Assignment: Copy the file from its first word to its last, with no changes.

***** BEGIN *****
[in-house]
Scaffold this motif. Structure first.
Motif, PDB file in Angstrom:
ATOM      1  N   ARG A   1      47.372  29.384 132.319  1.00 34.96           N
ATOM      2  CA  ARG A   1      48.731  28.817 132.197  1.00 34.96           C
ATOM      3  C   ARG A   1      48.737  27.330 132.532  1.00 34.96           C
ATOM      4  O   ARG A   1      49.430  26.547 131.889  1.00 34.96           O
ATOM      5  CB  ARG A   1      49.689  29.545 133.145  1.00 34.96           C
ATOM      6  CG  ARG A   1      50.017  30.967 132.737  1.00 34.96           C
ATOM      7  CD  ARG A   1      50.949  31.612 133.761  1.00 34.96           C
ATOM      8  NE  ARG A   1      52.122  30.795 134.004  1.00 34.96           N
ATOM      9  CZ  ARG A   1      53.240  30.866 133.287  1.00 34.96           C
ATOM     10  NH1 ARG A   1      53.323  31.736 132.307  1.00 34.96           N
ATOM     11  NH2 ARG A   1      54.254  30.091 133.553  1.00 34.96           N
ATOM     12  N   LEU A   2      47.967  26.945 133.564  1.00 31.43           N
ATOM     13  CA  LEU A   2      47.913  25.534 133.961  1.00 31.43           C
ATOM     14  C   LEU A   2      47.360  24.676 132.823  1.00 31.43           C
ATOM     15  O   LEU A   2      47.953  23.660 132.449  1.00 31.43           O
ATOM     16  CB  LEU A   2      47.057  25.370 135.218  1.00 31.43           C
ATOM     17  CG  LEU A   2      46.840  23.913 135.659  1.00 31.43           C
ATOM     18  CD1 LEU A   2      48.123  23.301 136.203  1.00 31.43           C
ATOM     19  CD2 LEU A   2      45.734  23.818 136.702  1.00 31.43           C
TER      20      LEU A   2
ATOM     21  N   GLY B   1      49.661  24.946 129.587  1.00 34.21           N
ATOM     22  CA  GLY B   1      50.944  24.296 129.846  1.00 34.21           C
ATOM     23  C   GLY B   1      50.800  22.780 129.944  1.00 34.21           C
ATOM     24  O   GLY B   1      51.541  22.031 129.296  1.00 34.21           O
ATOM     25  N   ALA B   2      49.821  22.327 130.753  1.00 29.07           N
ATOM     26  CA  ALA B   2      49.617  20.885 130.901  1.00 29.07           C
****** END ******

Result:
[in-house]
Scaffold this motif. Structure first.
Motif, PDB file in Angstrom:
ATOM      1  N   ARG A   1      47.372  29.384 132.319  1.00 34.96           N
ATOM      2  CA  ARG A   1      48.731  28.817 132.197  1.00 34.96           C
ATOM      3  C   ARG A   1      48.737  27.330 132.532  1.00 34.96           C
ATOM      4  O   ARG A   1      49.430  26.547 131.889  1.00 34.96           O
ATOM      5  CB  ARG A   1      49.689  29.545 133.145  1.00 34.96           C
ATOM      6  CG  ARG A   1      50.017  30.967 132.737  1.00 34.96           C
ATOM      7  CD  ARG A   1      50.949  31.612 133.761  1.00 34.96           C
ATOM      8  NE  ARG A   1      52.122  30.795 134.004  1.00 34.96           N
ATOM      9  CZ  ARG A   1      53.240  30.866 133.287  1.00 34.96           C
ATOM     10  NH1 ARG A   1      53.323  31.736 132.307  1.00 34.96           N
ATOM     11  NH2 ARG A   1      54.254  30.091 133.553  1.00 34.96           N
ATOM     12  N   LEU A   2      47.967  26.945 133.564  1.00 31.43           N
ATOM     13  CA  LEU A   2      47.913  25.534 133.961  1.00 31.43           C
ATOM     14  C   LEU A   2      47.360  24.676 132.823  1.00 31.43           C
ATOM     15  O   LEU A   2      47.953  23.660 132.449  1.00 31.43           O
ATOM     16  CB  LEU A   2      47.057  25.370 135.218  1.00 31.43           C
ATOM     17  CG  LEU A   2      46.840  23.913 135.659  1.00 31.43           C
ATOM     18  CD1 LEU A   2      48.123  23.301 136.203  1.00 31.43           C
ATOM     19  CD2 LEU A   2      45.734  23.818 136.702  1.00 31.43           C
TER      20      LEU A   2
ATOM     21  N   GLY B   1      49.661  24.946 129.587  1.00 34.21           N
ATOM     22  CA  GLY B   1      50.944  24.296 129.846  1.00 34.21           C
ATOM     23  C   GLY B   1      50.800  22.780 129.944  1.00 34.21           C
ATOM     24  O   GLY B   1      51.541  22.031 129.296  1.00 34.21           O
ATOM     25  N   ALA B   2      49.821  22.327 130.753  1.00 29.07           N
ATOM     26  CA  ALA B   2      49.617  20.885 130.901  1.00 29.07           C